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Poblete v. Rittenhouse Mortgage Brokers

December 29, 2009


The opinion of the court was delivered by: Ricardo M. Urbina United States District Judge

Re Document Nos. 3, 18




This matter is before the court on the motion to dismiss filed by defendant Aurora Loan Services, LLC ("Aurora") and the motion to withdraw filed by the plaintiff's attorney. The plaintiff is a dissatisfied mortgagor who seeks to hold the defendants liable for fraud and violations of the Real Estate Settlement Procedures Act ("RESPA"), 12 U.S.C. §§ 2601 et seq. Defendant Rittenhouse Mortgage Brokers ("Rittenhouse") assisted the plaintiff with obtaining the initial mortgage on his property and defendant Aurora provided first and second lien loans to the plaintiff on the property. Because the plaintiff failed to plead fraud with particularity, the court grants Aurora's motion to dismiss the plaintiff's fraud claim. Because the plaintiff fails to respond to Aurora's arguments in favor of dismissing the plaintiff's RESPA claim, the court grants that part of the motion as conceded. Furthermore, because the withdrawal of the plaintiff's attorney would not have a disruptive impact, the court grants the motion to withdraw filed by the plaintiff's attorney.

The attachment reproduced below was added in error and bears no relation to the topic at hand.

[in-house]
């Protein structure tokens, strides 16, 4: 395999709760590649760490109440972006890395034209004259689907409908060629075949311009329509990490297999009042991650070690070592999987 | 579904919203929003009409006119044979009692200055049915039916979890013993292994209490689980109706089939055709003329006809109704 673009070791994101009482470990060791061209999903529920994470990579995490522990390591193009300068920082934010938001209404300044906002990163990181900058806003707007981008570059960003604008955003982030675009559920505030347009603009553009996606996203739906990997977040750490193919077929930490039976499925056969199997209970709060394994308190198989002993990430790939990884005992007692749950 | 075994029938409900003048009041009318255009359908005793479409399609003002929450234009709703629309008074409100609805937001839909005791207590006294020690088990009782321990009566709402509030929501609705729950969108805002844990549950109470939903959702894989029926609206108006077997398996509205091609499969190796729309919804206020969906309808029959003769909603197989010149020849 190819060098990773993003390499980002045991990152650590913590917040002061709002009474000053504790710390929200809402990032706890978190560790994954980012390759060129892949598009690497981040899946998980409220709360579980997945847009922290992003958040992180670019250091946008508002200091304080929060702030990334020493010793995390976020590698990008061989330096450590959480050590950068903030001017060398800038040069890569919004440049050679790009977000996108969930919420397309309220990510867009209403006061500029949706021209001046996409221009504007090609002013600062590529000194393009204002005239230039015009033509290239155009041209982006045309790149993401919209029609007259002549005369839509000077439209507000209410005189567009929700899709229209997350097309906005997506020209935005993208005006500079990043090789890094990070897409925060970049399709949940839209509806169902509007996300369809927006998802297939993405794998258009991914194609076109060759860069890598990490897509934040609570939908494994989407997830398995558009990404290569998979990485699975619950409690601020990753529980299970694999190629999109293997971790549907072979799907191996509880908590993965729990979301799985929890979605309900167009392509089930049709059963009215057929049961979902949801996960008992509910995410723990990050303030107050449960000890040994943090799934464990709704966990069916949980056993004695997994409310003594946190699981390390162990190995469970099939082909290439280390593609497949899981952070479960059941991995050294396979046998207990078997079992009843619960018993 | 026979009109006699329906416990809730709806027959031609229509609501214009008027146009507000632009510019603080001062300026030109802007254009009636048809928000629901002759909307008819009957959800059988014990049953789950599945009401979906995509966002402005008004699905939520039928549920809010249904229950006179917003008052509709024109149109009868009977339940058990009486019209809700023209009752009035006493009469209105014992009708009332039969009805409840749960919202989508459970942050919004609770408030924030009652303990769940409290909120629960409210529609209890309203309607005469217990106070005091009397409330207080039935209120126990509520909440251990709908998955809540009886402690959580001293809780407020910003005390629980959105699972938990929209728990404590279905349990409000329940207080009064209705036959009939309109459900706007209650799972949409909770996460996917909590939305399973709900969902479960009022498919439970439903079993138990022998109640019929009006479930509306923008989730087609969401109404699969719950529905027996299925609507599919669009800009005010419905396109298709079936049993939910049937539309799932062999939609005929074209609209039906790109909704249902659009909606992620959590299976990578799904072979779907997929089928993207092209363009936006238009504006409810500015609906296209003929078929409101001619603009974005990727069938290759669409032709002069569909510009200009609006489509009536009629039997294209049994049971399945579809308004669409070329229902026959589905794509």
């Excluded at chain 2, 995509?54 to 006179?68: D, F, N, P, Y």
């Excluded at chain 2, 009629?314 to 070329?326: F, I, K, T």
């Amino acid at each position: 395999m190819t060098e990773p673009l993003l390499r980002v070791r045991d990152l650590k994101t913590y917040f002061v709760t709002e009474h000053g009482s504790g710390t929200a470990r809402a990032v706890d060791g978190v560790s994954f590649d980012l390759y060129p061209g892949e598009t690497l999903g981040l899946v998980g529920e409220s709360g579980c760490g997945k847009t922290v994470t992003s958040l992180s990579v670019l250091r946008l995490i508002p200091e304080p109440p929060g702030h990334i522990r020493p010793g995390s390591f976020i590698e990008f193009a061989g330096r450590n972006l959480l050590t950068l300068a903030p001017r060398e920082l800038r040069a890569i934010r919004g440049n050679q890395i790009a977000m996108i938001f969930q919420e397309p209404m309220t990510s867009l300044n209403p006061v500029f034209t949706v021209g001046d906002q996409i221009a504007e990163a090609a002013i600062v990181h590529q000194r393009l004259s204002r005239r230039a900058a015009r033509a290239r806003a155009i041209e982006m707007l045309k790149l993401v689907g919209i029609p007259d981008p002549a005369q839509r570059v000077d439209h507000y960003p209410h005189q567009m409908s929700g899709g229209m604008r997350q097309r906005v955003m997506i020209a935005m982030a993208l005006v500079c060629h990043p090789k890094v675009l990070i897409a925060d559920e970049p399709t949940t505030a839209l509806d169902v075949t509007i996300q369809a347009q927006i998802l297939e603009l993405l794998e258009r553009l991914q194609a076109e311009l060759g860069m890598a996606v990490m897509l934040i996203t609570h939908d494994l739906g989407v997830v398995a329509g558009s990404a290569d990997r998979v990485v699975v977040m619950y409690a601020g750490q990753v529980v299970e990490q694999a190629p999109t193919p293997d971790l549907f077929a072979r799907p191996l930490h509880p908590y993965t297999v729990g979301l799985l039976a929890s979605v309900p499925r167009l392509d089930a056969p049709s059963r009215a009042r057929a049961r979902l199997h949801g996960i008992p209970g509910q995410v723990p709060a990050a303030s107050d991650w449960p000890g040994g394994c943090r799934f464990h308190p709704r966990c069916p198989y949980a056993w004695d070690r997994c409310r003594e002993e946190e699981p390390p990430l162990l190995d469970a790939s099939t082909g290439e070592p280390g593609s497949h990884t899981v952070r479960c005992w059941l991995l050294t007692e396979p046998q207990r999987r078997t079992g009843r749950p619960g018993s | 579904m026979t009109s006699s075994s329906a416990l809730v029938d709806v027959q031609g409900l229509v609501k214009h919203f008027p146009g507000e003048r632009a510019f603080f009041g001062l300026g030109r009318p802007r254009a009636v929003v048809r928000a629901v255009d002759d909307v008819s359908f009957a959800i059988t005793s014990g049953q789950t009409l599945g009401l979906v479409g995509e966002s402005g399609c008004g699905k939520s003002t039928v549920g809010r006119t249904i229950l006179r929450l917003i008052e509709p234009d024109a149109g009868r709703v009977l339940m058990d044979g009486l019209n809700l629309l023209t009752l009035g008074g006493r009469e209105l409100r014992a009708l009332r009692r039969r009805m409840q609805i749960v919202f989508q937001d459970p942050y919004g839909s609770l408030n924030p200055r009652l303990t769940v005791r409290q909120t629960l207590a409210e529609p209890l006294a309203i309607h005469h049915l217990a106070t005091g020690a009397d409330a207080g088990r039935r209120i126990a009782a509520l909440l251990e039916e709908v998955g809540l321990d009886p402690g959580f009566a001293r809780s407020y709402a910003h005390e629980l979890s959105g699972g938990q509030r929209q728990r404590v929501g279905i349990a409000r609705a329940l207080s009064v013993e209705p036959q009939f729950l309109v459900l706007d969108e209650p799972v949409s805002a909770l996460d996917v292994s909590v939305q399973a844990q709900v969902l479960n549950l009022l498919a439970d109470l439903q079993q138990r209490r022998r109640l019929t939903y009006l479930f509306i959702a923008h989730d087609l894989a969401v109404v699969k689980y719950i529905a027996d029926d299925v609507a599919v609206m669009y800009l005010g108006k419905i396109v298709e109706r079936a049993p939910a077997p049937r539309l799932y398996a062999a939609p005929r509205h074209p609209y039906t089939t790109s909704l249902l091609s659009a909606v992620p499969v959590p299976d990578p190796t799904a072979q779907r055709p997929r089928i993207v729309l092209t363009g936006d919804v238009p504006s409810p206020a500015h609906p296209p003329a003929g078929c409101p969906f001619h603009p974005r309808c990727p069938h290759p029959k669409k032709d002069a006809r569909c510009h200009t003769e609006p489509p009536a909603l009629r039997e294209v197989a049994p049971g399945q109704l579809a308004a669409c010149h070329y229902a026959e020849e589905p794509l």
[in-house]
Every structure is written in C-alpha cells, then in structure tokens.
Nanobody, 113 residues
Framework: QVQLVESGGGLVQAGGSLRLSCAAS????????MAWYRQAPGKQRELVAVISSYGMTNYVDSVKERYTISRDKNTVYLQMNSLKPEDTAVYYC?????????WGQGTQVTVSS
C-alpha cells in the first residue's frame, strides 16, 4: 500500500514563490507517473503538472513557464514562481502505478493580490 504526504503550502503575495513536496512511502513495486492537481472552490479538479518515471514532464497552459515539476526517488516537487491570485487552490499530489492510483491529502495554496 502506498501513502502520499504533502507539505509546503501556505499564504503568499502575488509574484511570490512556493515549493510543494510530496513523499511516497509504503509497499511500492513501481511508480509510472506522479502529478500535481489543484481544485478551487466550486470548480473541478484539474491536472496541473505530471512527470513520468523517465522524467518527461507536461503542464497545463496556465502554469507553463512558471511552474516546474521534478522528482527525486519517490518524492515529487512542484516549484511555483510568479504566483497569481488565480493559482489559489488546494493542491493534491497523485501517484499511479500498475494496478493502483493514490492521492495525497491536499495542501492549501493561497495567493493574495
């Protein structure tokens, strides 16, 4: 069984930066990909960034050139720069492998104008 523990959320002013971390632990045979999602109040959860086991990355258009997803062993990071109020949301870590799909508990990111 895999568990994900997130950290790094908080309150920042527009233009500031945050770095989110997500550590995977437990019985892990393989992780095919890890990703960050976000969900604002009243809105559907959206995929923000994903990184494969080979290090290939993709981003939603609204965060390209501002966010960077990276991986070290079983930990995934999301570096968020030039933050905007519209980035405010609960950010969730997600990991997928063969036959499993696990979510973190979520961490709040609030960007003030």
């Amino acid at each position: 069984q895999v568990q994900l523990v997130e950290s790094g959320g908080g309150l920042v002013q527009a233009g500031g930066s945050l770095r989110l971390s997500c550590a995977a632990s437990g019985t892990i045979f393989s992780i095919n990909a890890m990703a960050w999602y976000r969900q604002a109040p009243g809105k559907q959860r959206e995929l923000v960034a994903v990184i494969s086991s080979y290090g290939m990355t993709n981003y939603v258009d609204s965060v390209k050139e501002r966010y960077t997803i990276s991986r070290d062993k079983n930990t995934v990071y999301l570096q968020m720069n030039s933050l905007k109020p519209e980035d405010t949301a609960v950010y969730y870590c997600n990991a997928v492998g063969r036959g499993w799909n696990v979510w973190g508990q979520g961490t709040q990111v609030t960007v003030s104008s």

The plaintiff owns property located in Washington, D.C. Compl. at 1;*fn1 Def. Aurora's Mot. to Dismiss ("Def.'s Mot.") at 3. Rittenhouse assisted the plaintiff in obtaining financing and Aurora provided the first and second lien loans on the property. Def.'s Mot. at 3; Compl. at 2-3. It is unclear from the plaintiff's complaint and the parties' submissions what role defendant Closeline, LLC ("Closeline") played in the process. The plaintiff alleges that the "[d]efendants carried out a systematic scheme that affected minorities and individuals who lacked the full knowledge of real estate fees and true cash flow expectations." Compl. at 3. More specifically, the plaintiff alleges that he "was to receive a market interest rate and did not get the rate as quoted by the mortgage brokers," and that the "Bank failed to pay taxes causing [him] $10,000.00 in late fees and costs to avoid a tax sale of his home." Id.

The plaintiff filed his complaint, through his then-attorney William Bach, on May 6, 2008, in the Superior Court for the District of Columbia, see generally Compl., and on May 22, 2008, Aurora removed the case to this court, see generally Notice of Removal. Aurora filed its motion to dismiss on May 30, 2008. See generally Def.'s Mot. Bach, on the plaintiff's behalf, filed an opposition to the motion on June 12, 2008, see generally Pl.'s 1st Opp'n, to which Aurora replied on June 19, 2008, see generally Def.'s 1st Reply.